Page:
“Emptiness Filled with Insistence”

by mdjb

This afternoon, I was reading a biography of Gertrude Stein, and when I came to a section that told about her brother Leo, the critic and art collector, my mind started to wander and I recalled my odd relationship with Sally Leonard.
Five years ago I was intimidated by Sally. Well, I respected her superior intellect. She was almost ready to retire then. I think she told me she was fifty-eight, a psychiatrist, and a member of the American Philatelic Society and at that time I think her stamp collection numbered in the 60,000s.
The way I met her was by talking to the doorman and mentioning having just renewed my interest in stamp collecting, something I had done as a kid. He told me someone in the building was also a collector and he would give her my apartment number if I wanted. I told him go ahead, why not, I wanted to meet other people who were into it. That evening, she rang my bell. I invited her in and we talked for an hour or so.
She sat on my dining room floor explaining things to me like how I could always tell stamps that belonged to republics of the Soviet Union because they had letters on them in the Cyrillic alphabet that looked like CCCP and NOYTA and how stamps from Taiwan differed from those from mainland China because those from the Peoples Republic had an ideogram resembling a wishbone, the symbol for man, pronounced ren, but I only had to concern myself with that on the earlier issues because the later stamps now said China in the English alphabet and the sets were numbered. She was a free spirit and her hair was unkempt and she reminded of nothing so much as a wilted flower child, but she sounded very intelligent.
She told me I should join the APS and I would get circuits on approval. It was a good way to fill up my collection cheaply and it was a very secure procedure.

The difference in our ages precluded us becoming very friendly but every once in a while I would see her in the lobby on my way out to work or coming home, and I remember when she told me she had officially retired. She was looking forward to more time at home and not having to see patients. They all had so many problems. She said at times she felt like she might bug out.

About a year ago I had a problem with the APS. Someone from the Society called me and told me the next person on the Peoples’ Republic of China circuit did not receive the booklets I had looked at and sent on. He was a Chinese with a post office box for an address and I had my suspicions. The stamps were valuable. I called Sally and asked her advice, because whenever I received a circuit from PRC she was always the prior recipient and this particular time I had foolishly forgotten to save the priority mail insurance receipt.
She told me in her soft-spoken solicitous way, “It’s a test. To teach you to follow the instructions. Why don’t you call the APS and tell them the number and maybe they can track it down without the actual receipt?”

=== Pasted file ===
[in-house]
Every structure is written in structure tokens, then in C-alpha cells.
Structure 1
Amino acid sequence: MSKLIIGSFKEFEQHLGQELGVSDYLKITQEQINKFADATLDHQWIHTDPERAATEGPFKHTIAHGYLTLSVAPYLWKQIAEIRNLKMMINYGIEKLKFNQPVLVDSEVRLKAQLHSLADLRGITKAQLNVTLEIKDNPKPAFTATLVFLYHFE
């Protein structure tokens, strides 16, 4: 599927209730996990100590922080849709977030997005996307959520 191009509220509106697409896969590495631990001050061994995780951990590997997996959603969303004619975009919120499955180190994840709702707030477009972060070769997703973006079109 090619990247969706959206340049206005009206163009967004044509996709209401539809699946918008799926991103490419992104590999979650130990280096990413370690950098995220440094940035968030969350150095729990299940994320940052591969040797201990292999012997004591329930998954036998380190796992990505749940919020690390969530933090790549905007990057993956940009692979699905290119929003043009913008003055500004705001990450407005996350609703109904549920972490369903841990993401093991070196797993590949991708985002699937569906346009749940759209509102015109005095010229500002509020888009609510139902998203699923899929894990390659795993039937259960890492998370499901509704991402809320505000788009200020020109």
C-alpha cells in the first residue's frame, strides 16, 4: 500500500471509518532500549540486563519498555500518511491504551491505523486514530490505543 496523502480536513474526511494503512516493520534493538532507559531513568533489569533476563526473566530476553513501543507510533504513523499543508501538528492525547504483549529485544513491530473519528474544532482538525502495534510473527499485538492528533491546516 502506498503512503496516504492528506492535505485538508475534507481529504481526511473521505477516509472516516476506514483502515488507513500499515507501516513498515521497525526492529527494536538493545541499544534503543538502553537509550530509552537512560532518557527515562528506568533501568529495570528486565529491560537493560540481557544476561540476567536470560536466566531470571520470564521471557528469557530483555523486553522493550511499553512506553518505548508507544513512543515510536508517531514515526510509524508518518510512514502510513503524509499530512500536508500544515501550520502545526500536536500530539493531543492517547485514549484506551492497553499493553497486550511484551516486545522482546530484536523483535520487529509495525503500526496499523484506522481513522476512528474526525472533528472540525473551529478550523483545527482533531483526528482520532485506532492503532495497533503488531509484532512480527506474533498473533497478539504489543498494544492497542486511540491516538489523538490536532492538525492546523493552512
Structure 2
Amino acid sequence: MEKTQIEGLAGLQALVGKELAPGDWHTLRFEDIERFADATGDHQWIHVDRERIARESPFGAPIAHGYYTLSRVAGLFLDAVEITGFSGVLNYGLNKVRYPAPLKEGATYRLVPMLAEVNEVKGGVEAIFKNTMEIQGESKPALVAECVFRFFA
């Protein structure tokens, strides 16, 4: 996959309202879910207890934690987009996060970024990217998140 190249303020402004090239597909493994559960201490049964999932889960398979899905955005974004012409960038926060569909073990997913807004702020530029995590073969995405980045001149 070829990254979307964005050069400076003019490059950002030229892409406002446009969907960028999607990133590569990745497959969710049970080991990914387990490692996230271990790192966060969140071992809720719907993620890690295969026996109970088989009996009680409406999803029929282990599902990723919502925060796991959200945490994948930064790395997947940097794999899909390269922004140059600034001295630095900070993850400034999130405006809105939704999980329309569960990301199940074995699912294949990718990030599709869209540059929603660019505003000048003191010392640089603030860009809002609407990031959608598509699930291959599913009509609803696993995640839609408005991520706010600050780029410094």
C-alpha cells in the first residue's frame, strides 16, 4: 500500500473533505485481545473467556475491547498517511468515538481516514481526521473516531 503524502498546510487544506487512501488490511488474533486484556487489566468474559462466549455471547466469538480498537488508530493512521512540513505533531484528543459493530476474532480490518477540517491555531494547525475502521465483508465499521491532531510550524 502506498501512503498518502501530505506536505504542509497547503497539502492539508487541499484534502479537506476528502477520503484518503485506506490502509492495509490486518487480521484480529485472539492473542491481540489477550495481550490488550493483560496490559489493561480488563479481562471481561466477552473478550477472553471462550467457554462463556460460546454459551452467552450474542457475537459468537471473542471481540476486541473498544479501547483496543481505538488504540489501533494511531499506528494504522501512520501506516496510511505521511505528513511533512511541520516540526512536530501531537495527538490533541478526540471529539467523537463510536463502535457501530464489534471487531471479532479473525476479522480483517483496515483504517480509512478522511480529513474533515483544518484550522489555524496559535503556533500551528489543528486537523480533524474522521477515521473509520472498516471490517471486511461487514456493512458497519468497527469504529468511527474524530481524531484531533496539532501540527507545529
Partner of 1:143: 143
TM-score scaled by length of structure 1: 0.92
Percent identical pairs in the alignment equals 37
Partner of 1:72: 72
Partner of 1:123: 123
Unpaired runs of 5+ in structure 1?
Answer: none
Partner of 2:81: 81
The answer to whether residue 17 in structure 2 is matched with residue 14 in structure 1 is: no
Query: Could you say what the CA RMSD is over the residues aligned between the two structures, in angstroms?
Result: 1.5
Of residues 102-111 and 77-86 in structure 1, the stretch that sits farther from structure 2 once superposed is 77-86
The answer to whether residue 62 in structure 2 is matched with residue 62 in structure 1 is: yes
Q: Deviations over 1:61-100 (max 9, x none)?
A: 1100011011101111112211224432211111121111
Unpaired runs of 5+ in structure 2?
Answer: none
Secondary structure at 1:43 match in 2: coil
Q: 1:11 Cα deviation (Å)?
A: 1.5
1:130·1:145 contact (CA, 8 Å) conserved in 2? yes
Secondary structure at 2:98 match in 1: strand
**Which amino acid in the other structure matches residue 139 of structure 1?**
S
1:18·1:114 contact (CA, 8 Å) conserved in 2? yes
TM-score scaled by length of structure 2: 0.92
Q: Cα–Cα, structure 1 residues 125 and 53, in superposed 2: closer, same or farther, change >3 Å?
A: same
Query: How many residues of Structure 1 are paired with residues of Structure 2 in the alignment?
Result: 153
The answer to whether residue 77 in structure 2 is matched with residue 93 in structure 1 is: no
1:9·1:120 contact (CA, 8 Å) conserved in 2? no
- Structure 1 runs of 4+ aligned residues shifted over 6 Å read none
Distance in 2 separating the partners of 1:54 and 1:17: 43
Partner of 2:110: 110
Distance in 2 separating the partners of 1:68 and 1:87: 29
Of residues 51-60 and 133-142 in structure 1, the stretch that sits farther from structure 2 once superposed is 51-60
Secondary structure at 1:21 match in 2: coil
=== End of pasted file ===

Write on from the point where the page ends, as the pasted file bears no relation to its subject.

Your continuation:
“And if they can’t?” I asked.
“Well,” she said, “It couldn’t cost you more than a hundred dollars. That’s all it was insured for.”
I felt like one of her patients. It was not what I wanted to hear.
I was able to clear my responsibility with the APS with a phone call, but after that I asked them not to send me anymore stamps from China. My collection was pretty full and I didn’t want to be responsible for something that expensive again.
As I say, that was a year ago.

I closed the Stein book and went downstairs to buy some lunch in the new Garden of Eden gourmet food shop that recently opened in our building’s ground floor. It is filled with the delicious aromas of all kinds of exotic foods, fruits and baked items, meats and poultry, cooked and ready to go. I bought some three potato salad and some roast beef and when I entered the lobby I ran into Sally Leonard. I was a little taken back by how she looked. Her teeth were all discolored and her hair was still unkempt but now it was completely gray. It looked dirty and she had put on quite a bit of weight. She was wearing an ill-fitting down jacket with food stains on it.
“You cost me five dollars,” she said, and it sounded like an accusation.
“How’s that?” I asked. I really didn’t want to stand there and talk. I wanted to come upstairs and have my roast beef.
She went on to explain since I wasn’t on the Chinese circuit anymore, she had to walk all the way over to Fourth Avenue to the Post Office to insure her package and send it on to the next person on the list instead of leaving it with the doorman for me.
I asked her how many stamps she had now and she told me she had stopped counting when she went over 100,000.
“How do you catalog them all?” I asked.
“Well, I haven’t gotten around to doing that,” she said. “They’re all in shoeboxes. Some of my friends who are dealers tell me I should, especially if I want to sell them, and I may have to soon. I’m running out of money. I guess I was just bored and looking for something to do when I started collecting them, but it’s like an addiction, you know?”
All I came up with was, “Oh?”
“Yes,” she said, “I just paid October’s rent.”
That really surprised me. It was not the kind of thing I expected from her.


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